In the last week we've lost two of our own. One has moved on to a bigger market, the other out of the business completely. While Denver is only a few miles up the road, it is a jump not many have been able to make. I'm happy for him, really I am... what I'm not happy about is the hole that he has left behind.

News organizations are like school sports teams. While we may practice together day after day, inevitably at the end of every year somebody graduates (one day it will probably be me!). After they are gone the team is altered, for better or worse, and must rebuild. I can speak for personal experience, the rebuilding isn't always pleasant. I don't like it. It is different, harder. It means filling gaps by doing the job of two, sometimes three. It means no lunch breaks, live shots in every show, and a doubled story count. No, I don't like it.

With furloughs and vacation on top of the inevitable summer cold that is cirrulating the newsroom right now... we are bare bones. While I could sit here complaining about the current state of our news organization, I'd rather focus on the potential good that may come out of this. I must admit that part of me is excited to step into new shoes and fulfill new roles. My brain has felt a bit underutilized lately, so this may mean new challenges for me to conquer.

I've been told my fate today is another nat pkg, but one only needs to glance up from the computer to know that won't last long. I predict it changes before noon. The good news, I guess the powers that be liked my last one about a group of elderly women who have picked up the game of volleyball.

Click here to watch it:

The story today is about service dogs. Colorado Springs is the home of the first peanut sensing allergy dog. His name is Rock-O and he is quite the pup.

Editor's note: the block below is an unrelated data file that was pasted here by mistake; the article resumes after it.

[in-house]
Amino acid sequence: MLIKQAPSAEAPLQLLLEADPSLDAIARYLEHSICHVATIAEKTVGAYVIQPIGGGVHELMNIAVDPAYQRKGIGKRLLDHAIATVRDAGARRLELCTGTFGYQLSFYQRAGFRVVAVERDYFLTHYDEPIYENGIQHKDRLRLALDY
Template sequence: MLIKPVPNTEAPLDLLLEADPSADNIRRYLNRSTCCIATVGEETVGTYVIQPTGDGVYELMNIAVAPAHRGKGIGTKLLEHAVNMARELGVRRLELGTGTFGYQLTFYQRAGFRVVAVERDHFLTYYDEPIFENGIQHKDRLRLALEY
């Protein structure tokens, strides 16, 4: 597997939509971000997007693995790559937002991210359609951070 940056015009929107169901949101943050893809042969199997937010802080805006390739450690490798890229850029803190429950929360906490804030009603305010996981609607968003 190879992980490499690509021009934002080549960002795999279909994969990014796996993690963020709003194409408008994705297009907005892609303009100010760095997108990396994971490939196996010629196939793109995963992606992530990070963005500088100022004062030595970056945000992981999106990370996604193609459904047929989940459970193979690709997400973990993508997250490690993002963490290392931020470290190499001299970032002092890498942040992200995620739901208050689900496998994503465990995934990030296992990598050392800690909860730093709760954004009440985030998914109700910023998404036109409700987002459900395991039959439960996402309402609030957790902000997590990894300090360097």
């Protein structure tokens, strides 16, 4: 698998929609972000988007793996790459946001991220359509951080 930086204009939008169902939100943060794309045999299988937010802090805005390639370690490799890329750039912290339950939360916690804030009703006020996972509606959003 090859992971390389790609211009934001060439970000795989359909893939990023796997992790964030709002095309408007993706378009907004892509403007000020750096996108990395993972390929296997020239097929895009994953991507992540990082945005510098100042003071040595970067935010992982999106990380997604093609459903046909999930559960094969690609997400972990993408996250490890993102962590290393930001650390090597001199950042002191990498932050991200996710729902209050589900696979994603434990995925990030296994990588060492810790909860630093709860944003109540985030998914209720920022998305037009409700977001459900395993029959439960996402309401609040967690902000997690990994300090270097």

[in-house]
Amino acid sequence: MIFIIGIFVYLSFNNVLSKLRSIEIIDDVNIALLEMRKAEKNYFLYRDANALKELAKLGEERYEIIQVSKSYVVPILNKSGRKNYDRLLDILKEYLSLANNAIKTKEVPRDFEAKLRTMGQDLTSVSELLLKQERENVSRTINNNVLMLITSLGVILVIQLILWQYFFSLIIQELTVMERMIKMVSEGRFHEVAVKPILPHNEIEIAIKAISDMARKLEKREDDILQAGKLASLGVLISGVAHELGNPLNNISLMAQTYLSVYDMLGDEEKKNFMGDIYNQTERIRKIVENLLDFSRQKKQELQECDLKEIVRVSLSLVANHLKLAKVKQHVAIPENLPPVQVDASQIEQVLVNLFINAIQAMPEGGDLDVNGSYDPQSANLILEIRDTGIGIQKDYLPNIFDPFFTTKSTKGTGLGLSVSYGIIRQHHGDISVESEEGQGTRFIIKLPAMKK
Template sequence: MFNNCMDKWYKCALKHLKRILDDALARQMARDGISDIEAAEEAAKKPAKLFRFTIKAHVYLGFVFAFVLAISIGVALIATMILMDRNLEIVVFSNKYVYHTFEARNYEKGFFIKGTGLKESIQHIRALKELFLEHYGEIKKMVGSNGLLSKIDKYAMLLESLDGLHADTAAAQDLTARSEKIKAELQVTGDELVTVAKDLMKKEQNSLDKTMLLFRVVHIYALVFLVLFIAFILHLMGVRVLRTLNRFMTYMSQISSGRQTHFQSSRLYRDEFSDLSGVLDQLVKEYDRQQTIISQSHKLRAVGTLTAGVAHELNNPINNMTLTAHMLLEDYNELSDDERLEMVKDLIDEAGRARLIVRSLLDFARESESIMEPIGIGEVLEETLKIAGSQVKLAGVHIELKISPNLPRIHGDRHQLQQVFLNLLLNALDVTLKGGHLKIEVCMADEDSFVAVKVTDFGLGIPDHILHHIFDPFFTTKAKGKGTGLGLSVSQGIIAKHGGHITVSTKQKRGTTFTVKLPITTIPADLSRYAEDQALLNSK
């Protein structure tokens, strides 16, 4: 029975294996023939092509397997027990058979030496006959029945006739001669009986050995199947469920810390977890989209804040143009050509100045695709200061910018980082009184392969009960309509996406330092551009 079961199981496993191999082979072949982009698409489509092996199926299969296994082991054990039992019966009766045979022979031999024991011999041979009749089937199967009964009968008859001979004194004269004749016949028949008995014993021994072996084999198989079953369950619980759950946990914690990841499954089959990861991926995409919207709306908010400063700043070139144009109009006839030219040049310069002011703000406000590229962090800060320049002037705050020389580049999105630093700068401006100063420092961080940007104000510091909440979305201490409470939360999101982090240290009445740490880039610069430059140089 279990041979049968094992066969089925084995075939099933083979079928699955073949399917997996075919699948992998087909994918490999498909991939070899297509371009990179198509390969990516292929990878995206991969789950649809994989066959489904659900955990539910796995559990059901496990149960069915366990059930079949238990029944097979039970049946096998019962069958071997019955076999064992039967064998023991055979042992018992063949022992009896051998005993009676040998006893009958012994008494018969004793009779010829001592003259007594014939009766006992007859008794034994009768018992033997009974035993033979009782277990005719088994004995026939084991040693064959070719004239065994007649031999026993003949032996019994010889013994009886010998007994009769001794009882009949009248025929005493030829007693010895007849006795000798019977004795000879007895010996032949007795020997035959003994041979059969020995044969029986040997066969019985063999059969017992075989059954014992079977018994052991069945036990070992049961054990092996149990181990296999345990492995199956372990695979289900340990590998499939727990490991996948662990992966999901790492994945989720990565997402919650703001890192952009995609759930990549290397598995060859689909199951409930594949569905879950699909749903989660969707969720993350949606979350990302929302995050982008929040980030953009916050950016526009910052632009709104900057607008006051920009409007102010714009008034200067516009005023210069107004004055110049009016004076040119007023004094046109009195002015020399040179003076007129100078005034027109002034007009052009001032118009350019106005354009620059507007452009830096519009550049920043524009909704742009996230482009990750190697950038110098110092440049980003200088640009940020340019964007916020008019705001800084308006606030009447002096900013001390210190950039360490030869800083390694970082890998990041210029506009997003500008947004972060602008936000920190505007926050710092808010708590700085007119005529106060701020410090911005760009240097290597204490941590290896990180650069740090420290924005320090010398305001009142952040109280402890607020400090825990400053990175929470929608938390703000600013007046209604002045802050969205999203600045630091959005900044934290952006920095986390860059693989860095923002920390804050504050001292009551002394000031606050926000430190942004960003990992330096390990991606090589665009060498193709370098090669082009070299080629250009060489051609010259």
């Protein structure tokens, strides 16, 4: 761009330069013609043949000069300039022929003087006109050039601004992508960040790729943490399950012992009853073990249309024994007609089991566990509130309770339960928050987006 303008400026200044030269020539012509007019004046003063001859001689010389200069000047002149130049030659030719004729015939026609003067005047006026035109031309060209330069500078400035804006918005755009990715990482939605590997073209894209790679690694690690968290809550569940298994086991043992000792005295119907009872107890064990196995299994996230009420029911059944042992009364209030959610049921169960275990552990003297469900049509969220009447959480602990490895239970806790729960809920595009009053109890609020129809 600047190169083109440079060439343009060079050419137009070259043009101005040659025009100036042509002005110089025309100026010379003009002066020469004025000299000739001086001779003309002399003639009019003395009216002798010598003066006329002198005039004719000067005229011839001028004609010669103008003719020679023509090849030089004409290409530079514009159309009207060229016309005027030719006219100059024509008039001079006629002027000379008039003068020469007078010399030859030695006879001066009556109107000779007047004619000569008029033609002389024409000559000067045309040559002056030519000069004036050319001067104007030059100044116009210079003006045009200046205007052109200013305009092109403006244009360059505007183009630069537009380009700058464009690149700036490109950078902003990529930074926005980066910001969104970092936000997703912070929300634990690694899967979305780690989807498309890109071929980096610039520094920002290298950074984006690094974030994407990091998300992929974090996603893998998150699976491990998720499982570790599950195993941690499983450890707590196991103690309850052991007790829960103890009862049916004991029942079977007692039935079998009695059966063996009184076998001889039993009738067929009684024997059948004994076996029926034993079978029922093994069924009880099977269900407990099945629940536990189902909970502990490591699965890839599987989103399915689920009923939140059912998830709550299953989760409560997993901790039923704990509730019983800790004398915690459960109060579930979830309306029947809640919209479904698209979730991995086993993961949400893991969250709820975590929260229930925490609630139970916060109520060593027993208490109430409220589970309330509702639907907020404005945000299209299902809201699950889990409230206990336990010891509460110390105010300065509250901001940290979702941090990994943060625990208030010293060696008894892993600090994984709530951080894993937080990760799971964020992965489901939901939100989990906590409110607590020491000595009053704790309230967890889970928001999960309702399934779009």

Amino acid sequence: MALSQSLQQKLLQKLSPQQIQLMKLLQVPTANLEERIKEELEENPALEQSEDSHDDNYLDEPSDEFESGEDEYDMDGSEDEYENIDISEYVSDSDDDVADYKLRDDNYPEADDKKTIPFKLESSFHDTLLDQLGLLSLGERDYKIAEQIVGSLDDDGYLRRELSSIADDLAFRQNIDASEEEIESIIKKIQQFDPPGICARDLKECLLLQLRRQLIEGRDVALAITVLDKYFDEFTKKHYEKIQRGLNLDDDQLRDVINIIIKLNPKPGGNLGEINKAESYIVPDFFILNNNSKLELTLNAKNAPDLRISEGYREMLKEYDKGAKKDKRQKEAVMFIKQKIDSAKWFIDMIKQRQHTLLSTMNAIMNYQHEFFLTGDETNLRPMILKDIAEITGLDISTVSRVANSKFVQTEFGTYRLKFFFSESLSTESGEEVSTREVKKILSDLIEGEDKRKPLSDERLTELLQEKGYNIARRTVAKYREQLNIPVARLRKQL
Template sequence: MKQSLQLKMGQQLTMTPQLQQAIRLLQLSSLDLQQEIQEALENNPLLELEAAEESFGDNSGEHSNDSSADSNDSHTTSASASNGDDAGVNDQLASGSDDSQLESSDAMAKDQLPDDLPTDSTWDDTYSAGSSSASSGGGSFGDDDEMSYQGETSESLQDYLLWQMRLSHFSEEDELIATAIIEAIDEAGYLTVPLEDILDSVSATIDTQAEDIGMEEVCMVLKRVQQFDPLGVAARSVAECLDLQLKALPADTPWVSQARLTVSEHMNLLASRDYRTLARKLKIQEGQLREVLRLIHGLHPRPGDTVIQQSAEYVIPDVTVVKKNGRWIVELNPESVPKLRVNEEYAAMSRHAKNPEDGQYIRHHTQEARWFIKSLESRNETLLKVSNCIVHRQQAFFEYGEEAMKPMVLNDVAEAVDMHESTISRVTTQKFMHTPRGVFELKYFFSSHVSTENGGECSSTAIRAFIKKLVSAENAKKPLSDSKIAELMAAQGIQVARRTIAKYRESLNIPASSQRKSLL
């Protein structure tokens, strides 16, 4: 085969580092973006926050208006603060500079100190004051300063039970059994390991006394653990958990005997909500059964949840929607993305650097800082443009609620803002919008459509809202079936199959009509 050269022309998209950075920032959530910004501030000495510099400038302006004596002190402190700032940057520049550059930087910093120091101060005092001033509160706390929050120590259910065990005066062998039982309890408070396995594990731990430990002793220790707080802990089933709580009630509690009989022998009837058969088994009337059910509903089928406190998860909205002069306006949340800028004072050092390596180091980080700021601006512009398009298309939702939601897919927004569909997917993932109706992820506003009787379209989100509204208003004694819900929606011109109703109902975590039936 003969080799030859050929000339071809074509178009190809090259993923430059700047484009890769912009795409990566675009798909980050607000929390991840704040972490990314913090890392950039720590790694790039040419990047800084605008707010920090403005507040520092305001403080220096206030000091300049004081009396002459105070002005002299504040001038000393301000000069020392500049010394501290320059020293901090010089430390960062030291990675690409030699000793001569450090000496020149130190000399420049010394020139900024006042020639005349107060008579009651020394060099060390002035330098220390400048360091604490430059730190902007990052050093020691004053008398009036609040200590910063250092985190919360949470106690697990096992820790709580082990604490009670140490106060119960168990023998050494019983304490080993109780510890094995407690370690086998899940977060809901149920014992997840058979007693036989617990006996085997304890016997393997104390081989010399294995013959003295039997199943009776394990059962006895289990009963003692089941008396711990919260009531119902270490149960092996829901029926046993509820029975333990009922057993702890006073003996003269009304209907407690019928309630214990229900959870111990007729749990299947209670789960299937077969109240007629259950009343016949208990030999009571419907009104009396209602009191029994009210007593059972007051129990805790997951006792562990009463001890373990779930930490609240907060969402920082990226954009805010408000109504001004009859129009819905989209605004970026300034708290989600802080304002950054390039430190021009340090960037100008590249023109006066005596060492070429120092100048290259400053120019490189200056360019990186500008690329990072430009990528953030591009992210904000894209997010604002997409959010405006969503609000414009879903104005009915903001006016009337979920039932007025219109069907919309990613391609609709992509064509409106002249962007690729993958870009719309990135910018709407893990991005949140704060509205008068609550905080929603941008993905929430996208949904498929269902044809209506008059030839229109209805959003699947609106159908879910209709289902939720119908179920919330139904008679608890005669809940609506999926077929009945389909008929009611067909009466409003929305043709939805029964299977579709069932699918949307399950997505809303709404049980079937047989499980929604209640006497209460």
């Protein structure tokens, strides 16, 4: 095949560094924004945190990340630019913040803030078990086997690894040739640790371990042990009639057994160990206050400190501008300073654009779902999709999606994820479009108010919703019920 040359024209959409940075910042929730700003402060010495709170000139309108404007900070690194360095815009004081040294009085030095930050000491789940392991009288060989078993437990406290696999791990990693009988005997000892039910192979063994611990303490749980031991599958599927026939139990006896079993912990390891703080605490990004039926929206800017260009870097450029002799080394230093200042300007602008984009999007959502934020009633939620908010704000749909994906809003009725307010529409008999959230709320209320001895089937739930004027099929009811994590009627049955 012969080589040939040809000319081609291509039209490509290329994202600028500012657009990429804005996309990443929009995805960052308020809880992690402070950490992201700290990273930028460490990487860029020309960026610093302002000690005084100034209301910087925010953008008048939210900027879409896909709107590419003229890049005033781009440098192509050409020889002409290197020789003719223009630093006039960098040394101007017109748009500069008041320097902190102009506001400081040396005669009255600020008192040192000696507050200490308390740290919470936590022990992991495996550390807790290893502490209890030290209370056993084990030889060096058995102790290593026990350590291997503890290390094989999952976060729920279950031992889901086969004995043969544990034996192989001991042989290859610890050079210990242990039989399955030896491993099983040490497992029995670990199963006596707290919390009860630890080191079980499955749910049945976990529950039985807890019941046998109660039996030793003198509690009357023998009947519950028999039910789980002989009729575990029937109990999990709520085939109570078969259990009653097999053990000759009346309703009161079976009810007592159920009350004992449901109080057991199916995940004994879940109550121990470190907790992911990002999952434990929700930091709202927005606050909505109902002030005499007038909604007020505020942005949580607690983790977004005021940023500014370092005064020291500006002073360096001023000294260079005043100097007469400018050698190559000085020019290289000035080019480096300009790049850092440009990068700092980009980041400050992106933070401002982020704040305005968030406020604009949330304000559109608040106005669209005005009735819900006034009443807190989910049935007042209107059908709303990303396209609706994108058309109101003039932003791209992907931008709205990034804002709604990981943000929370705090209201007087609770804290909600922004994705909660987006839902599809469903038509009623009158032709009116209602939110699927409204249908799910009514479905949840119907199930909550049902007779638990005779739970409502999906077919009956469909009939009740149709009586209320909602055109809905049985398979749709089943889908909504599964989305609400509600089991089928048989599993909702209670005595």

A few months ago he was given to an 8 year old named Riley, who up until now has lived her life in constant fear. She couldn't go to the park, eat at many restaurants, or even attend a public school. Now she can. She can slide down a slide without worrying that a peanut shell is waiting for her at the bottom. She can eat with a group of friends, without wondering if something in their lunch box could kill her. Rock-O has changed her life... and now her mom wants dogs (like Rock-O) to change the life of other children with deathly, but hidden, allergies.

It's 10:30 am, time for a change. The nat pkg idea has been pulled, not enough people... go figure. I'm now attached at the hip to our only reporter for the day. I predict a hectic afternoon. Luckily he has two photographer working with him, so I'm off the hook for some of the work. But my grand plan of telling a great visual story about training allergy dogs has pretty much dissipated. Added on to my list now, a school bus safety story... boring!!!

I shoot the dog story quickly, managing to sneak in a few belly rubs while I'm at it. After that it's Subway in the car on my way to the bus barn. Oh, August. Why is it that when you are out of school, you still get stuck dealing with it? I thought I was done with buses, school supplies and homework... no such luck! Now I'm talking about bus safety, preventing the flu, and not speeding in school zones. I swear it never ends.

By 4 pm I've finished everything but my liveshot... the daily lightning storm is building in the mountains, so that may be canceled anyways. No breaking news has hit... Nothing has crashed... Suprisingly we've squeaked by. The funny thing is, our average viewer probably won't even noticed the difference. That's what's so interesting about this business. There are days when four reporters isn't enough.... when there is so much news that we are in a constant rush to finish everything in time for air. Then there are days, like today, when one person doesn't even have enough to do.

I love the fact that when you walk in the door you don't know why type of day it will be... which way the pendulm will swing. There is no predicting one hour from the next, let alone one day from the next. You constantly have to be on your toes, ready to react, ready to run. I love the calm before the storm. The quiet newsroom that suddenly errupts into a chaotic, well oiled engine, with a simple call on the scanner. It is unpredictable. It is quiet. It is calm. It is sometimes boring. But then, as if offended by the silence, it rapidly deteriorates into an all out riot. There is no other way to describe it. It is news and there is nothing like it.